He recommends six to eight chemotherapy treatments every other week followed by a dose of radiation. That would be 12 to 16 weeks, which would end sometime in April. I told him that since the cancer was aggressive, I’d like my treatment to be as aggressive as possible; whatever it takes.


He said I should notice a difference right away, shortly after the first treatment. The lump in my neck should reduce in size and the wicked headaches should go away. He’s treated many cases similar to mine with success.


We’ll probably be able to get rid of all the cancer and it will be considered in remission. With this type of lymphoma, there’s a 70% chance that it will be in remission permanently. Meaning I’ll never have it again. I like those odds.


He gave me a few prescriptions for oral medications to get filled prior to my first chemo treatment. They’re mostly to treat the side effects:


  • Gatifloxacin (Tequin) – antibiotic for fever control
  • Lorazepan (Ativan) – causes drowsiness
  • Prochlorperazine (Prochlorper) – to treat existing nausea
  • Aprepitant (Emend) – to prevent nausea (take 1 a day for 3 days starting on day of treatment)
  • Prednisone – a corticosteroid immunosuppressant (100mg/day for five days starting the day after treatment)


The chemotherapy will consist of a battery of medications given intravenously. As far as I could understand, they’ll consist of the following:

  • Cyclophosphamide (Cytoxan)
  • Rituximab (Rituxan)
  • 5-Fluorouracil (5-FU)
  • Doxorubicin (Adriamycin)

Apparently the Rituxan takes 6 hours to administer so it won’t be a shock to the system.

I need to schedule a 2D Echo test with a cardiologist to get a baseline reading. Apparently some of the medication can affect the heart or circulatory system.

I also scheduled a bone marrow biopsy on my way out. They need to make sure my marrow is healthy and there are no signs of the cancer in it.
I’m to take 2 Ativan tablets 45 minutes prior to the surgery to relax me. I could also take a tablet if I have trouble sleeping at night. Sandi will be driving me to the appointment so that will work out great.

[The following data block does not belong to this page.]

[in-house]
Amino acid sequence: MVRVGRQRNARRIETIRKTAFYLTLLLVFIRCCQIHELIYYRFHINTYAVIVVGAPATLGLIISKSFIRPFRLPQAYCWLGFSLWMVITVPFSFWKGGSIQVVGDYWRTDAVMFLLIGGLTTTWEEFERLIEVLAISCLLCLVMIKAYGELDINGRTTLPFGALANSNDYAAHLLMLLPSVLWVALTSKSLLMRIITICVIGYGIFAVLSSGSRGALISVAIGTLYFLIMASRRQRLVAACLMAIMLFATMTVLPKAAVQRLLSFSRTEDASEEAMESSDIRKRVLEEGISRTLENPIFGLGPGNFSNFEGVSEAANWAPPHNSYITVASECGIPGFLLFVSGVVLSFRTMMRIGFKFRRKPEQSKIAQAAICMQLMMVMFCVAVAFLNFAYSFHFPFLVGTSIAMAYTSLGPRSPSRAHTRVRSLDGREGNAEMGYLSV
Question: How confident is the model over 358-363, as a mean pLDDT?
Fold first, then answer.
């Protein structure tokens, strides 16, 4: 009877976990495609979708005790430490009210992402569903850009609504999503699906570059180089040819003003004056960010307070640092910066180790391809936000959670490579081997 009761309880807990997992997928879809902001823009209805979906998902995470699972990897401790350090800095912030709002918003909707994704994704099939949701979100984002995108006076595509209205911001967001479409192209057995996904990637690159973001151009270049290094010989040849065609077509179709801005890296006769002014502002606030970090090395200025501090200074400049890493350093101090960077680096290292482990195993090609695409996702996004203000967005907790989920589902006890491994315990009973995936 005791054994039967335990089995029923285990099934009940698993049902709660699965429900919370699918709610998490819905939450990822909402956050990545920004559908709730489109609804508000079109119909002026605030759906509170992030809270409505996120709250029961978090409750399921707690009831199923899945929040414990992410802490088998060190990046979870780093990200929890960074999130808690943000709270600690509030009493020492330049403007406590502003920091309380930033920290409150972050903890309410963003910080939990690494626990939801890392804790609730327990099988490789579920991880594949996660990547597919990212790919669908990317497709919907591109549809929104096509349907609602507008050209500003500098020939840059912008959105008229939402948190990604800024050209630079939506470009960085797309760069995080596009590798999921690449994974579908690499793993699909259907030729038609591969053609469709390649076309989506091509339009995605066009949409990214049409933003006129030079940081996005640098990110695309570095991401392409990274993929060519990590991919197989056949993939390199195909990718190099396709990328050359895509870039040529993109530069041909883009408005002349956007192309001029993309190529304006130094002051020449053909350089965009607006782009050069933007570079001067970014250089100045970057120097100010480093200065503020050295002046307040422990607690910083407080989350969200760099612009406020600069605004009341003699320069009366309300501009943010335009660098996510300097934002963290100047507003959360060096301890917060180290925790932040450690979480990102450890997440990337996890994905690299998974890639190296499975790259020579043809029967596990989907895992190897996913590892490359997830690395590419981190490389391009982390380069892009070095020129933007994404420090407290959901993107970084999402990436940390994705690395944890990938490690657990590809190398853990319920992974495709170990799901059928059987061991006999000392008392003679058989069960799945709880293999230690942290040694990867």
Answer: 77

He asked for the name of my primary care doctor, Dr. N., whom I’ll be seeing tomorrow for unrelated health issues. And he’ll also be in touch with my rheumatologist, Dr. Y., to see if I should stop taking Humira while undergoing chemotherapy treatment.
Humira (adalimumab) is another immunosuppressant, a biological response modifier in the DMARD (disease-modifying antirheumatic drug) class. It suppresses overactive immune systems and calms the arthritis. In my case, it’s kept it in complete control, similar to remission.

All of the chemotherapy drugs are also effective at treating rheumatoid arthritis (RA). So I’m to stop taking the methotrexate, celebrex, and 5mgs of prednisone daily (except when I’m not on the higher dosage).



Dr. K. stated that there is a high number of lymphoma patients who also have RA. Basically RA is when your immune system goes haywire and starts attacking healthy joints. And apparently whenever you have immune system problems, you’re of course susceptible to things you normally wouldn’t be. There is a possibility that the RA meds may also play a part, but there haven’t been enough studies yet.